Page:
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NYC bomb suspect's Facebook post said Trump 'failed to protect' U.S.

Akayed Ullah, 27, of Brooklyn was hit with federal charges Tuesday for Monday's bungled rush-hour bombing.
Image: Akayed Ullah's TLC For-Hire Vehicle (FHV) driver's license
Akayed Ullah's TLC For-Hire Vehicle (FHV) driver's license.NYC TLC

The suspect in the New York City subway blast posted a message to President Donald Trump on his Facebook page just before the bungled ISIS-inspired attack, according to a criminal complaint filed Tuesday.

"Trump you failed to protect your nation," the taunting post said.

Akayed Ullah, 27, also posted a second message that "he believed would be understood by members and supporters of ISIS to convey that Ullah carried out the attack in the name of ISIS," the complaint said.

Ullah, a Bangladeshi immigrant who lives in Brooklyn, allegedly detonated a crude pipe bomb packed with screws in a subway passageway near the Port Authority Bus Terminal during the morning rush on Monday.

"To that man, the corridors of the Port Authority, the gateway into the city for hundreds of thousands of commuters every day, was a place to murder as many innocent human beings as he could and to blow himself up in the process," Acting U.S. Attorney Joon Kim said at a news conference.

However, the explosive didn't work as intended, and Ullah was the only person seriously hurt in the blast at 7:20 a.m.

Related: NYC suspect wanted to avenge deaths of Muslims worldwide, sources say

Ullah, who was recovering from burns and wounds at Bellevue Hospital, now five federal charges, including material support to a terrorist organization, use of weapons of mass destruction and bombing of a public place.

Ullah, who has a green card, moved to New York from Bangladesh in 2011 with the help of two U.S. policies that the White House has criticized: a visa lottery that allowed an uncle to come to the United States and then to sponsor Ullah and other relatives through a family visa program sometimes called "chain migration."

"We're going to end both of them," Trump said of the two programs Tuesday. "Congress must get involved immediately, and they are involved immediately. We're going to end them fast."

Law enforcement officials said Ullah hadn't been on their radar before Monday and had only several traffic tickets on his record.

According to the complaint, Ullah traveled abroad numerous times since moving to the United States and became radicalized about three years ago by consuming ISIS propaganda online. He began researching how to build a bomb on the internet about a year ago, the complaint said.

He started planning the Port Authority attack several weeks ago as revenge for U.S. policies in the Middle East, and he built it in his Brooklyn apartment a week ago, Kim said.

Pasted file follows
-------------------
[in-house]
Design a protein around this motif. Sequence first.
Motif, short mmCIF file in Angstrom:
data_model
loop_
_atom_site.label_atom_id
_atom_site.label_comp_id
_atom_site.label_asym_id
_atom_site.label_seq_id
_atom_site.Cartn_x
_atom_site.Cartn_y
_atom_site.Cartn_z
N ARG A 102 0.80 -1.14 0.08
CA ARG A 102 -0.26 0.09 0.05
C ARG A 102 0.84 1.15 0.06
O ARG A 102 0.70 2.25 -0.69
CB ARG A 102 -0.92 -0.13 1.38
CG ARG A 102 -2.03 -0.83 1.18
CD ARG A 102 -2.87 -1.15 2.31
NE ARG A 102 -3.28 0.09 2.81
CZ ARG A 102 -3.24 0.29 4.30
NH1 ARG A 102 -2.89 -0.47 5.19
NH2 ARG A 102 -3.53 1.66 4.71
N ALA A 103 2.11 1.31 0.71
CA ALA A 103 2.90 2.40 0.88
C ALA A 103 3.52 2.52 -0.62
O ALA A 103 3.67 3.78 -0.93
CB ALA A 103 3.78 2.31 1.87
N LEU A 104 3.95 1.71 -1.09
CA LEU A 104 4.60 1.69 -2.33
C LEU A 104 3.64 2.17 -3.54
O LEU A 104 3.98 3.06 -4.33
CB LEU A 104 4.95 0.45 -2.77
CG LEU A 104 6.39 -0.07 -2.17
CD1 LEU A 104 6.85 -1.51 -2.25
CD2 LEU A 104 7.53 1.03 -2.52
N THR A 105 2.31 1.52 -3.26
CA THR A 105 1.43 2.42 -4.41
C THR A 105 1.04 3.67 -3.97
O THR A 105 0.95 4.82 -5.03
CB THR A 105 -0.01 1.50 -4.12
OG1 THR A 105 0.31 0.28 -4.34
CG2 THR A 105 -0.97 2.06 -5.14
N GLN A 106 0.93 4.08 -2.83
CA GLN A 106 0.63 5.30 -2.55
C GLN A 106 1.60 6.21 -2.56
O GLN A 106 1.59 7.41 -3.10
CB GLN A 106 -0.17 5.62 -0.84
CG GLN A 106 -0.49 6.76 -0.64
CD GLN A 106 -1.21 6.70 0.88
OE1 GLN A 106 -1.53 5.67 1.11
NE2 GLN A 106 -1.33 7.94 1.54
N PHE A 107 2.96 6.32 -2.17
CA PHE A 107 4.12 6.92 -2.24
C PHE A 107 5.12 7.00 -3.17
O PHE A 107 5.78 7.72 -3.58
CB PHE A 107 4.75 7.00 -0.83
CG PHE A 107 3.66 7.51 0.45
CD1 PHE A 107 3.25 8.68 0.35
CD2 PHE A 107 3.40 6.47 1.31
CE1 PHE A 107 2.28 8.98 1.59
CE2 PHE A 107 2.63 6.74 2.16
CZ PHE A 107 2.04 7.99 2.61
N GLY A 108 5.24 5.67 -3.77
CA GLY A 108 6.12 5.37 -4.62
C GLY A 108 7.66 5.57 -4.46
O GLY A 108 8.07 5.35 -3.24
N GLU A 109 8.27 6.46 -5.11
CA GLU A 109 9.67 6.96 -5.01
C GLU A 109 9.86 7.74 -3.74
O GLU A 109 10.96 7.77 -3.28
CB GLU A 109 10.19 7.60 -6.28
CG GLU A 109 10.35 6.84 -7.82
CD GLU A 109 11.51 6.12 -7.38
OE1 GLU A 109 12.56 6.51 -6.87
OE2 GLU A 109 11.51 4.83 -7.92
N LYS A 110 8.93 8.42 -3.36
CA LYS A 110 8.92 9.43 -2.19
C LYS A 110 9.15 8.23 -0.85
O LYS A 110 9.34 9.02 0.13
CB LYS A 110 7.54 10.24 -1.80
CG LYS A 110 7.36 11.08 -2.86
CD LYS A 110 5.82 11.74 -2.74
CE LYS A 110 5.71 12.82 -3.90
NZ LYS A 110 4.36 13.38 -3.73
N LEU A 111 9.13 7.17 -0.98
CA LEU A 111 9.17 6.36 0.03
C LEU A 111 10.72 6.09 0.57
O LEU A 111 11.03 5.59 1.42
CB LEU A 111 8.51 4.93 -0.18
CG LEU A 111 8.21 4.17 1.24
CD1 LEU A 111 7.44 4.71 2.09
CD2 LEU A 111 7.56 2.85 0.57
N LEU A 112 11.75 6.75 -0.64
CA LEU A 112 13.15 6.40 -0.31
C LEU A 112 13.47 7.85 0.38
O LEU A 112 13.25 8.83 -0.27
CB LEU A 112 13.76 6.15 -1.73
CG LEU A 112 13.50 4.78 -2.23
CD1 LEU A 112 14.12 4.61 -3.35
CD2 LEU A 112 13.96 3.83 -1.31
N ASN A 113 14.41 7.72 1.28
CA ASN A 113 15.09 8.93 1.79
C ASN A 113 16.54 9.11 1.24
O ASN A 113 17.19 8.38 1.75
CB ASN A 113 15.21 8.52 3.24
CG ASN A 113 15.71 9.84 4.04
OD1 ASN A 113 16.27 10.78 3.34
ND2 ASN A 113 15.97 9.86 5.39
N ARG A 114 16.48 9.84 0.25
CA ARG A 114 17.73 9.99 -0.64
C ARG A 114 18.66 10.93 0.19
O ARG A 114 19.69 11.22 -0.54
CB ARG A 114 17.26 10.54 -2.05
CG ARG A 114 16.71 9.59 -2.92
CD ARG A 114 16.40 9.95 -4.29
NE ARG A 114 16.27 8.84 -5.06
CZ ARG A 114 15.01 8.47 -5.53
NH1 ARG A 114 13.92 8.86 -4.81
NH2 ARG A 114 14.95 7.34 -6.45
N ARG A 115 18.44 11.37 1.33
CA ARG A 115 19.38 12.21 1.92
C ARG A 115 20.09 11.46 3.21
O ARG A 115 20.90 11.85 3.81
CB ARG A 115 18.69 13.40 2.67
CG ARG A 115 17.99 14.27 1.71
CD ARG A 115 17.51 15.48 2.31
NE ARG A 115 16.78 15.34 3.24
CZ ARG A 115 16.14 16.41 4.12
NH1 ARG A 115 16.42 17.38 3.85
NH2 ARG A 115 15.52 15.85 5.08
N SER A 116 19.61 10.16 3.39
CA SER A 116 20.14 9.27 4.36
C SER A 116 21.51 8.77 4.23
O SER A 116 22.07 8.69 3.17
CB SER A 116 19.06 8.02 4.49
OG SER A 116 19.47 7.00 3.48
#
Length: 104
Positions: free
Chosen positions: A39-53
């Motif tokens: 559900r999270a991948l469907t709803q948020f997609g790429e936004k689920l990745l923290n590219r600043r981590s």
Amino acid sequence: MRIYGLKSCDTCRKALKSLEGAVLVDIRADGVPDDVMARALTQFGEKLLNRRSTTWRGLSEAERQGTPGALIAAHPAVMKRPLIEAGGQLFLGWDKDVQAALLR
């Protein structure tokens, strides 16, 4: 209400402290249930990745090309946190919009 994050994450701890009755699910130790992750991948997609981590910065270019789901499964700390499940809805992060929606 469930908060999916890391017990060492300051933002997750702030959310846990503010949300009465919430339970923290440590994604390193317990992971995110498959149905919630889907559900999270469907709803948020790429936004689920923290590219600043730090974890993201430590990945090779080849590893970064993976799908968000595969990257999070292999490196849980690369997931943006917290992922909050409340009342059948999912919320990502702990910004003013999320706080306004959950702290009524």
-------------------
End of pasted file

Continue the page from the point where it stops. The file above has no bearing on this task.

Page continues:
Fashioned from a pipe, a 9-volt battery and Christmas lights, the device contained metal screws, which could have maximized damage had it worked properly. Ullah attached it to his body with zip ties, authorities said.

"I did it for the Islamic State," he allegedly told investigators who interviewed him at the hospital after he waived his Miranda rights.

Among his belongings was a passport with the handwritten note "O America, die in your rage," the complaint said.

As the federal charges were revealed, more details were emerging about his background — including a wife and a child in Bangladesh.

Ullah returned to his homeland in 2016 to get married, and his wife gave birth to their son on June 10, according to Mohammed Saiful Islam, a Bangladeshi counterterrorism deputy police commissioner. Ullah went back to Bangladesh in September before returning to the United States the following month, Islam said.

Ullah's wife, Jannatul Ferdous Jui, as well as his parents-in-law, Zulfiqar Haider and Mahfuza Akhter, were detained at their home in the Bangladeshi capital, Dhaka, on Tuesday and taken into custody for questioning, Islam said.

Ullah grew up in Dhaka after his family moved there from Sandwip, a small island near the city of Chittagong, where he was born, the deputy police commissioner added.

After moving to New York, he was a licensed cab driver from March 2012 to March 2015, according to a spokesman for the New York City Taxi and Limousine Commission, and more recently he was working as an electrician.

After police converged on three residences in Brooklyn that were linked to Ullah, his family released a statement in the evening through the Council on American-Islamic Relations.

Image: Arrest of Akayed Ullah
Police take down Akayed Ullah, 27, the suspect of setting off a bomb at the New York Port Authority Bus Terminal, on a subway platform on Monday.

"We are heartbroken by the violence that was targeted at our city today, and by the allegations being made against a member of our family," the statement said.

"But we are also outraged by the behavior of law enforcement officials who have held children as small as 4 years old out in the cold and who held a teenager out of high school classes to interrogate him without a lawyer, without his parents.

"These are not the sorts of actions that we expect from our justice system, and we have every confidence that our justice system will find the truth behind this attack and that we will, in the end, be able to learn what occurred today."

Apparently referring to the family's complaint, William Sweeney, assistant director in charge of the the FBI's New York field office, said at Tuesday's news conference that his agents use "appropriate and reasonable" effort when detaining and questioning people after a terrorist attack.

"Our teams move with speed and move with purpose," he said.

Sweeney said the investigation is continuing. "We do not stop because we have an individual who is charged," he said.